Article: Proper Valve Stem Sealing Best Practices

Emerson Automation Solutions Senior Engineering Manager Lisa Miller recently published an article in the May/Jun 2022 issue of InTech. It is titled “Proper Valve Stem Sealing Best Practices” and it describes how control valve stem sealing works, and shows how to select the best option for each particular application. A summary of the article follows.

There are many different methods of sealing valve stems on control and isolation valves. When chosen wisely, a valve stem seal can provide years of reliable service, reduce environmental emissions, and minimize product loss. When chosen poorly, valve stem seals can leak consistently, increasing costs, creating environmental issues, and even placing operating personnel at risk.

This article explains various methods of achieving optimal valve stem sealing, helping end users evaluate the best choice for their application.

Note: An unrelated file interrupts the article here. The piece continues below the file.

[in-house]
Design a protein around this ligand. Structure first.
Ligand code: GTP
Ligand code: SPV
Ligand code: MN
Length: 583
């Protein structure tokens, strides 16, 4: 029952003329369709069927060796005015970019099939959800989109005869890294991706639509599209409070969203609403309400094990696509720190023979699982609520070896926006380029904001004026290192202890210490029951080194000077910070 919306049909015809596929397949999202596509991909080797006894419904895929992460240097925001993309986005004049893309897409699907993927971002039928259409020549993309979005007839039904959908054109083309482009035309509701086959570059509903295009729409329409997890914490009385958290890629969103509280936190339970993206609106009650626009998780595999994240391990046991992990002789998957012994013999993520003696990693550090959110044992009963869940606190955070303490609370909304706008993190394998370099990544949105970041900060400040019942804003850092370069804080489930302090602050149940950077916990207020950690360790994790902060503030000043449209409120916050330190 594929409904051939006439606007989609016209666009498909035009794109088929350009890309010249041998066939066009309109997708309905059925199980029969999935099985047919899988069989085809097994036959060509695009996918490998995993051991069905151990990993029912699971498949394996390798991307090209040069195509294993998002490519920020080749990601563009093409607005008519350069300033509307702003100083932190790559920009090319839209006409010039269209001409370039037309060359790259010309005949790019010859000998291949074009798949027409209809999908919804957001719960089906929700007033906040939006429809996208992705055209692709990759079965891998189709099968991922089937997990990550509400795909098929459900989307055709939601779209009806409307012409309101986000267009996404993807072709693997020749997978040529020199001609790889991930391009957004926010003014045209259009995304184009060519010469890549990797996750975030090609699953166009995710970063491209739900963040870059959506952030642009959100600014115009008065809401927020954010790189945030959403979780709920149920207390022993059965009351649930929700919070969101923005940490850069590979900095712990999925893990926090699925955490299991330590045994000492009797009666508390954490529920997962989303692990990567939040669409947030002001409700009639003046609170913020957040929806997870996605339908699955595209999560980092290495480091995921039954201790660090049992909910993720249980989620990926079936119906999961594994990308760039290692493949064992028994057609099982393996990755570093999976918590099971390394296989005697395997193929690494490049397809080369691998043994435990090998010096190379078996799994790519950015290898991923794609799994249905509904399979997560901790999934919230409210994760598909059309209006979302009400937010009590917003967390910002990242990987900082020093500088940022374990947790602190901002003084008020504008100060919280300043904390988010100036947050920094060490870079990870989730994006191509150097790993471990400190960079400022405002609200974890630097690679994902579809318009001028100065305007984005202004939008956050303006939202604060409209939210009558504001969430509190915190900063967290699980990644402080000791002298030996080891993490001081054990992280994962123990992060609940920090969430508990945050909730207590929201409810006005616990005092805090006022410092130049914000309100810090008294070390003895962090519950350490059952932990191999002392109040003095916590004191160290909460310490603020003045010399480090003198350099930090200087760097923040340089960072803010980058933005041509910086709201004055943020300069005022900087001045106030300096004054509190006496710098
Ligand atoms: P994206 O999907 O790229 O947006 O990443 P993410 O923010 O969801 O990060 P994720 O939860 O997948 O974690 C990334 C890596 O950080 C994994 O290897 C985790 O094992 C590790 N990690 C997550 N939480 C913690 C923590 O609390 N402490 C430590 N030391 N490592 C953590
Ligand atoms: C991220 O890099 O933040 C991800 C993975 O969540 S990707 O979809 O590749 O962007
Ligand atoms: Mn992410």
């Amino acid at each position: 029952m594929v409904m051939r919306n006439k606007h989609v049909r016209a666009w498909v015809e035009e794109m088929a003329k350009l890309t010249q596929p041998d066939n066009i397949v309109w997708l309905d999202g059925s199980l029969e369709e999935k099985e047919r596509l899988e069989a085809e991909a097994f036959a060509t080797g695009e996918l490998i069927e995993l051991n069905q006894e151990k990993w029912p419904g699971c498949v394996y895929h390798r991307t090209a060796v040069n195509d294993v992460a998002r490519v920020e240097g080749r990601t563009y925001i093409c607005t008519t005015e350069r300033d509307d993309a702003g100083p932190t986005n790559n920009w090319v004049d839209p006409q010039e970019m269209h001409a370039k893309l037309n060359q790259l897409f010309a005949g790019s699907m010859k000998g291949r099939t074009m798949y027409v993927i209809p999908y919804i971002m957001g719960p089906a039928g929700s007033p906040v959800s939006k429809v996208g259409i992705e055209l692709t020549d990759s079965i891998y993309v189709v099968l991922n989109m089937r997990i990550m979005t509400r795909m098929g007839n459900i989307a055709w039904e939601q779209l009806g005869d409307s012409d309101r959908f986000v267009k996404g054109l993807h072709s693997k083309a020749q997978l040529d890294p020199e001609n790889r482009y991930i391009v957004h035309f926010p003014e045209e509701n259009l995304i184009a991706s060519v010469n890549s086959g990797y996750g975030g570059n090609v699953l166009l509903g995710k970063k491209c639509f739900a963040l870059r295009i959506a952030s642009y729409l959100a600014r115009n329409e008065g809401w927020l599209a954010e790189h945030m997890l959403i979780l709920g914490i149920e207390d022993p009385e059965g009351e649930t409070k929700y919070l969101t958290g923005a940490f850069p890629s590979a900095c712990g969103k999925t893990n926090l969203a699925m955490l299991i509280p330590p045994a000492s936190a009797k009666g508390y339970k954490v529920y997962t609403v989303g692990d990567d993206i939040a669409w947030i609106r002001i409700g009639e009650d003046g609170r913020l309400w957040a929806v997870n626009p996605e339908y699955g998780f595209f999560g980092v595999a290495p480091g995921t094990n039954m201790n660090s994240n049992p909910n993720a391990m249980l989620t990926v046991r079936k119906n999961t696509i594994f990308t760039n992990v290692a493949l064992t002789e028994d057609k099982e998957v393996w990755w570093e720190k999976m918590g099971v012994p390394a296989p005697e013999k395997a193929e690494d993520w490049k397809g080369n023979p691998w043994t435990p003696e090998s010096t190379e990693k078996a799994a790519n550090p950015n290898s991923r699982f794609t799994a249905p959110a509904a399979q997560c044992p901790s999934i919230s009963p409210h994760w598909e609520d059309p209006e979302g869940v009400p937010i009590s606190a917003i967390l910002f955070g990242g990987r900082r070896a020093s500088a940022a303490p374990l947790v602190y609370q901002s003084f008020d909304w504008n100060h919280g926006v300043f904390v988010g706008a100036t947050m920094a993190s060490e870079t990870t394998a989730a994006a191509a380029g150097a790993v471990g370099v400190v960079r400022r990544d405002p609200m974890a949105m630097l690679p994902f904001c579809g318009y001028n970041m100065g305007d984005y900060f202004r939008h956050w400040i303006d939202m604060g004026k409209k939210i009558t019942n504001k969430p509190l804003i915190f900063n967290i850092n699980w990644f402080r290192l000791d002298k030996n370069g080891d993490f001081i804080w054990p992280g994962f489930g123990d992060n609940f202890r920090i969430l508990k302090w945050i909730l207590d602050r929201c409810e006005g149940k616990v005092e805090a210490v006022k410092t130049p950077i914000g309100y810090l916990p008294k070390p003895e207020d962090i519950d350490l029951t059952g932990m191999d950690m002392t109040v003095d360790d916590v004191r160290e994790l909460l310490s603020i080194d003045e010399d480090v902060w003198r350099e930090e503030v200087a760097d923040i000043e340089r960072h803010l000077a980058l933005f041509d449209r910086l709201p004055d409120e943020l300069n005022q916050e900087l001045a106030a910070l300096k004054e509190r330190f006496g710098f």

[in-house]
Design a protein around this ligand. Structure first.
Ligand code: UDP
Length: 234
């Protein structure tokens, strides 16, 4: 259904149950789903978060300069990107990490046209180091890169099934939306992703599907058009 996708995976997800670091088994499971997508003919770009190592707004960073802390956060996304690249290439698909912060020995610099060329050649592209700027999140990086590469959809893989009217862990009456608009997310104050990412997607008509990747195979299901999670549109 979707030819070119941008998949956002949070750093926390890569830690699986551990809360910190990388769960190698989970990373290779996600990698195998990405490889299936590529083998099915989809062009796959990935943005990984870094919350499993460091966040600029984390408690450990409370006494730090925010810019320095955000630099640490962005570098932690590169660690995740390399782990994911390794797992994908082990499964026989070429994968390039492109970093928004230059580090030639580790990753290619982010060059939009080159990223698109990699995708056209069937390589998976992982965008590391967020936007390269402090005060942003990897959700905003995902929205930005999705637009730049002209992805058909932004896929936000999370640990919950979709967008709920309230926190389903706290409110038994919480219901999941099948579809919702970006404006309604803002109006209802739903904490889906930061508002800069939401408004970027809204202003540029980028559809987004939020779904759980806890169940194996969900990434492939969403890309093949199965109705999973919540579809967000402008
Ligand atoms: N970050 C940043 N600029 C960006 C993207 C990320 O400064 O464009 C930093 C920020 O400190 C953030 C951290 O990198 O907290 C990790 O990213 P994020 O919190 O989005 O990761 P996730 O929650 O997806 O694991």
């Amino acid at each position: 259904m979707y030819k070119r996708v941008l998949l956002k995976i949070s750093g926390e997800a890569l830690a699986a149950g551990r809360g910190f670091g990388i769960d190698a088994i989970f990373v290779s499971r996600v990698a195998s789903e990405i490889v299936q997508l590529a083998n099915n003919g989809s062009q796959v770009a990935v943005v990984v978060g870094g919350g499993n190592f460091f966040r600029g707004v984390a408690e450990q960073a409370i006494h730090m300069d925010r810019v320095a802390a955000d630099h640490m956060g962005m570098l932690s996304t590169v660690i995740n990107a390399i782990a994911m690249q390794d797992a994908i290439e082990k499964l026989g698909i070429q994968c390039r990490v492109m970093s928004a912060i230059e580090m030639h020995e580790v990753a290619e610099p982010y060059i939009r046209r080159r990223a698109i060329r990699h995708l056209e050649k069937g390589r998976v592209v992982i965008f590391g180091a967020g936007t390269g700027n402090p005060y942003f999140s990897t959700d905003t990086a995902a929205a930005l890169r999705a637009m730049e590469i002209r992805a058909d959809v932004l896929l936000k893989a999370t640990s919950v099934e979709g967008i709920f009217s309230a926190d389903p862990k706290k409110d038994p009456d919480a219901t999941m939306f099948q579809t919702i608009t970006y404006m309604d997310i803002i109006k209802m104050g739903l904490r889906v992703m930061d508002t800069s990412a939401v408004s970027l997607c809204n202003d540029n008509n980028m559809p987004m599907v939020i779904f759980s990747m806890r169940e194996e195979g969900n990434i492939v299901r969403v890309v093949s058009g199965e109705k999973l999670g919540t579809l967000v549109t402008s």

What are valve stem seals?
Control and block valves are typically one of two types: sliding stem or rotary. A sliding stem valve has a rod protruding from the body that rises and falls to actuate the valve. A rotary valve has a shaft extending out the side that is connected to a plug, disc, or ball. As the shaft turns, the rotary valve opens and closes. In either design, the valve stem must exit the body and be capable of relatively friction-free movement, yet contain the process media. This is not an easy task, as the author explains:

Valve stem seals must accomplish two contradictory goals. First, they must seal the valve stem completely and reduce - ideally eliminate - any fugitive emissions from the process. Secondly, they must accomplish this feat while allowing the valve stem to move freely and continue sealing, even as the valve stem cycles thousands of times.

Measuring stem seal performance
The three main industrial standards addressing valve stem leakage are TA Luft, FCI 91-1, and ISO 15848. However, the required performance and test methods for each standard varies significantly.

TA Luft is the least comprehensive standard, offering leak rate standards but no test parameter details. FCI 91-1 is more closely aligned to EPA’s LDAR program and uses the EPA Method 21 to “sniff” the valve packing and determine the leak rate (Figure 1). This standard does provide details on how a valve is to be tested, offering various classification ratings based on the leak rate after a specified number of mechanical and thermal cycles.